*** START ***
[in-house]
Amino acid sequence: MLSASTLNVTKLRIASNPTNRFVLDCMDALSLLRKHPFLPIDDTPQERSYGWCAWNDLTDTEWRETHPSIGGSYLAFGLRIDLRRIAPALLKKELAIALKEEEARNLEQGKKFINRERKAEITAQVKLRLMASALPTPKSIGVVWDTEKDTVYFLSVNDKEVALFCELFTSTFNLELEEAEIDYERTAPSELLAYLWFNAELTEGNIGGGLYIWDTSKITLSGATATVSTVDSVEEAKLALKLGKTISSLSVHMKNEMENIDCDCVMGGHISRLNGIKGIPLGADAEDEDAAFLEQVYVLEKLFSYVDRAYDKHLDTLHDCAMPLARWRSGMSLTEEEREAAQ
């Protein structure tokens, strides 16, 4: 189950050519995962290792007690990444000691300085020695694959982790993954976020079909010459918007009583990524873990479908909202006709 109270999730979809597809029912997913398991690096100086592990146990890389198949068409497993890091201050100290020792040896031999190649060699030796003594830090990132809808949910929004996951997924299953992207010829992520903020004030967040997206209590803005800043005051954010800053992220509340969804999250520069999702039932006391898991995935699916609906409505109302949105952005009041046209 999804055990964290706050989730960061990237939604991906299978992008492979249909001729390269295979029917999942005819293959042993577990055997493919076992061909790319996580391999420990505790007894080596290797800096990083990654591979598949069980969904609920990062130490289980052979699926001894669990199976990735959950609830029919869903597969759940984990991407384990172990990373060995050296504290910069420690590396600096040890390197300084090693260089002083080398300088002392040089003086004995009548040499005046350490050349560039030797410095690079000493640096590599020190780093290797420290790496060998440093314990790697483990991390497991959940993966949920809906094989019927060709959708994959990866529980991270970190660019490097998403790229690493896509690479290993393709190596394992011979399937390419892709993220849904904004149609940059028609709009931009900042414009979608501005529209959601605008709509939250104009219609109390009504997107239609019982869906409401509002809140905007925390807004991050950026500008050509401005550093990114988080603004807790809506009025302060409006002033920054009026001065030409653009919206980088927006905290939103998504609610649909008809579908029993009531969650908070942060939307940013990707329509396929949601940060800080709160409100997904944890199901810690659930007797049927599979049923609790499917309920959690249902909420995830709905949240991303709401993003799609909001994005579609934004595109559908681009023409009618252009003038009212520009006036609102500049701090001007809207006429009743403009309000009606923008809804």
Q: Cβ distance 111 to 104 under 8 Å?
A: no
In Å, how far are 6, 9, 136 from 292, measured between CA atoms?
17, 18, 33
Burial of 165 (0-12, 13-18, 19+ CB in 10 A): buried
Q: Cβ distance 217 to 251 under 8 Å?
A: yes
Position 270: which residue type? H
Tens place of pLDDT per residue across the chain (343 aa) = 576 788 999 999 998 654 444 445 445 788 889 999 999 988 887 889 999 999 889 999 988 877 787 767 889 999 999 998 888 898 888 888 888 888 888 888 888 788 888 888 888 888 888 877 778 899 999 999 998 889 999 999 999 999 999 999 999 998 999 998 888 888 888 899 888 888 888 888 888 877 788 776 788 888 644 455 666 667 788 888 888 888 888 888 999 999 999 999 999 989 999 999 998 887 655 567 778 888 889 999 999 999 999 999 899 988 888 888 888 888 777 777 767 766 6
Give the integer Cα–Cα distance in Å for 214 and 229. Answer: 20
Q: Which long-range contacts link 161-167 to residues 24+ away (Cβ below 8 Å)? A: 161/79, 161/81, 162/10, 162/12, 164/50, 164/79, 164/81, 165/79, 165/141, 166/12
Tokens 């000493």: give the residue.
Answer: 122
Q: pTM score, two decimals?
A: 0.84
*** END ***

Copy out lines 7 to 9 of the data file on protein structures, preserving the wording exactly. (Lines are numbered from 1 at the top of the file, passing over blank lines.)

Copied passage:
17, 18, 33
Burial of 165 (0-12, 13-18, 19+ CB in 10 A): buried
Q: Cβ distance 217 to 251 under 8 Å?